German court finds domain registrar liable for torrent site’s copyright infringement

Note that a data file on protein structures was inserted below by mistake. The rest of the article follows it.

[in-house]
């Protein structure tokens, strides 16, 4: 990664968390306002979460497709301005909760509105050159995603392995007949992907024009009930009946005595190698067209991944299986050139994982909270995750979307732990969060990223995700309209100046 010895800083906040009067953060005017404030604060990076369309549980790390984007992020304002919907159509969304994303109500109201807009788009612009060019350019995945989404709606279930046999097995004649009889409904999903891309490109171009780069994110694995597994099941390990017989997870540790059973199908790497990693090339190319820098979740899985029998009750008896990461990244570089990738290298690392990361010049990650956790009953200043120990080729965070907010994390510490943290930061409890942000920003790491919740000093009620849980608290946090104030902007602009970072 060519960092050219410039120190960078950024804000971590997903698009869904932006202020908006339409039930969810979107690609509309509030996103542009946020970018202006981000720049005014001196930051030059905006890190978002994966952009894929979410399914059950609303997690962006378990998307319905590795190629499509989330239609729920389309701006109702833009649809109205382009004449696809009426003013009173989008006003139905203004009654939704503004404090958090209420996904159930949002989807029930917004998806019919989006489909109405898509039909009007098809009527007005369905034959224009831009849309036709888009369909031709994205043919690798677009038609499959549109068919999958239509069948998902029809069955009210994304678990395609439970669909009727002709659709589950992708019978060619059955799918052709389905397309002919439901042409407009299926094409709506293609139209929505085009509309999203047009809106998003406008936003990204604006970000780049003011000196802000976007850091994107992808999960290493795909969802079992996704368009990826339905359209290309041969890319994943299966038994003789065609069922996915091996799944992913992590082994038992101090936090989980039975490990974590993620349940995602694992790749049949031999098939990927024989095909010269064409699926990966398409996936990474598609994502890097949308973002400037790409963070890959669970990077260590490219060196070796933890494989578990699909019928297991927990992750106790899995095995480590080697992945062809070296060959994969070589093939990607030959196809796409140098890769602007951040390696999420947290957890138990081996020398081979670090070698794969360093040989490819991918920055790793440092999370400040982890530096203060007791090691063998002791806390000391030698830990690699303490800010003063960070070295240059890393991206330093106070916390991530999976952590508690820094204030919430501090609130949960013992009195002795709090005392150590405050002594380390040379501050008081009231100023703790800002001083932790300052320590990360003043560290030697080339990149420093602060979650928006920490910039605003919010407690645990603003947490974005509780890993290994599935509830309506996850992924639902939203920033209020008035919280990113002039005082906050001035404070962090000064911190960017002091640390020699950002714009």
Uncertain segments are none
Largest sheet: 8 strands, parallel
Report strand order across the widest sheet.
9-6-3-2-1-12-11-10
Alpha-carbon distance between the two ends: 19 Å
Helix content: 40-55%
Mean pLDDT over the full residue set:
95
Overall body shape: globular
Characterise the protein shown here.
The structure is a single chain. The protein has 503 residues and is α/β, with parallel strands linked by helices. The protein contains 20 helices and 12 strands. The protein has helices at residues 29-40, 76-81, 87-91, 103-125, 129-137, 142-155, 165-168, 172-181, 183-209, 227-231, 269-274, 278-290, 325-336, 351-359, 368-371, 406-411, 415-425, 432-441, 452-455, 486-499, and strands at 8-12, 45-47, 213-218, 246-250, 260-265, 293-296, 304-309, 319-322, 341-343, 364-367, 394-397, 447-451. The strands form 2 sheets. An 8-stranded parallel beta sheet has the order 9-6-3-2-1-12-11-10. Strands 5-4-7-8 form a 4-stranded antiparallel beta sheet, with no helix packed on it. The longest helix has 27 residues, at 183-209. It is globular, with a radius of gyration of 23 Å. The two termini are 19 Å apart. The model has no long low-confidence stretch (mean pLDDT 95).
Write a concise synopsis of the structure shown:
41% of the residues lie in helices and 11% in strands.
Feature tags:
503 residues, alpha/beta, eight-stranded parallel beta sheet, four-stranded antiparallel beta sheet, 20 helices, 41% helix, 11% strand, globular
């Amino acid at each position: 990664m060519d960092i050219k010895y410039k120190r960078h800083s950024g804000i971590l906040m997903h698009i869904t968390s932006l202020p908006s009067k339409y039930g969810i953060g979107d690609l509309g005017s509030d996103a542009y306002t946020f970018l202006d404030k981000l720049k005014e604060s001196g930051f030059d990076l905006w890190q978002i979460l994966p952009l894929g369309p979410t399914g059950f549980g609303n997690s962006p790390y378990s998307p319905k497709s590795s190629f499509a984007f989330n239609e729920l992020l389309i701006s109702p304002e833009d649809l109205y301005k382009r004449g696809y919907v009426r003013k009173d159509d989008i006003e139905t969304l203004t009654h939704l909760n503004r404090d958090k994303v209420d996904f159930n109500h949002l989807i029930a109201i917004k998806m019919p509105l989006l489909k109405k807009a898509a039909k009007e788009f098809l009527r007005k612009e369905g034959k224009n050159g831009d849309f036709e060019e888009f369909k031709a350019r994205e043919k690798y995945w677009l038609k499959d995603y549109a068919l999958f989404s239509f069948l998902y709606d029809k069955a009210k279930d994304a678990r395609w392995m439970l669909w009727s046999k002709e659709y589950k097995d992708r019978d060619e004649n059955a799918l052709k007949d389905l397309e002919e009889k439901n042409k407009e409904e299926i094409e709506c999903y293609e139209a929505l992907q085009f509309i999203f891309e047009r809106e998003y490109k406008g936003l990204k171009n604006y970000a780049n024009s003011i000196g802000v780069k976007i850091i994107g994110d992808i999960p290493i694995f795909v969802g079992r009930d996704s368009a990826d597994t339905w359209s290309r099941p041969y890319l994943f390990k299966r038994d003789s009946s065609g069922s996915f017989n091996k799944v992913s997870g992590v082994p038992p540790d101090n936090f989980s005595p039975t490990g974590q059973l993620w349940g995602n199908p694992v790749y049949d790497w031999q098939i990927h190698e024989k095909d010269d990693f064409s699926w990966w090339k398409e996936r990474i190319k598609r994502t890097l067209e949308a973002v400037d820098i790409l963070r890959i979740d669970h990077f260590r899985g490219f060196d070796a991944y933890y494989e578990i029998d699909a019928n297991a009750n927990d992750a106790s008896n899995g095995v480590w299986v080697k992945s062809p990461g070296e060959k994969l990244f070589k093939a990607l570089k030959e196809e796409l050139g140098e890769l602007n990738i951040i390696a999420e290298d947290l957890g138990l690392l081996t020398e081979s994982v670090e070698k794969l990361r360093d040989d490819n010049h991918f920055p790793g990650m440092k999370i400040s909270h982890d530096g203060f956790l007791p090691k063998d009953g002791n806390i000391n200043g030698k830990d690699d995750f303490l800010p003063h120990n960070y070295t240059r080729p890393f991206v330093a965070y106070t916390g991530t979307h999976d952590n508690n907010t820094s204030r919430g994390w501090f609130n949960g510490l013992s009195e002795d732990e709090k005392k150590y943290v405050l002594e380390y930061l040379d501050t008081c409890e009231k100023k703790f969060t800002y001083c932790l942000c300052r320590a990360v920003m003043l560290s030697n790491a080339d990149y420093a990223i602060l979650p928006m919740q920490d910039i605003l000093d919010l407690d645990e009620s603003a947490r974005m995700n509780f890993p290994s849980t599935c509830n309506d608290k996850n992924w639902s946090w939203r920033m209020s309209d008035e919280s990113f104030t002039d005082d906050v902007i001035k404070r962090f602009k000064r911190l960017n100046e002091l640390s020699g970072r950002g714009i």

by Loek EssersPC World A domain name registrar can be held liable for the copyright infringements of a website it registered if it is obvious the domain is used for infringements and the registrar does nothing to prevent it, the Regional Court of Saarbrücken in Germany has ruled.   The court ruled in a case between Universal Music and Key-Systems, the German registrar of the domain name for h33t.com, a torrent tracker site. Universal had wanted to prevent unauthorized distribution of Robin Thicke’s album Blurred Lines, said Volker Greimann, Key-Systems’ general counsel, in an email. While Key-Systems argued that it was not responsible for the copyright infringement, the court ruled that the registrar had a duty to investigate after notification of infringing activity and had to take corrective action in case of obvious violations, Greimann said. “The courts’ definition of what is obviously violating is however extremely broad and the duty to act is expanded to deactivation of the entire domain even if only one file or link is infringing,” he said.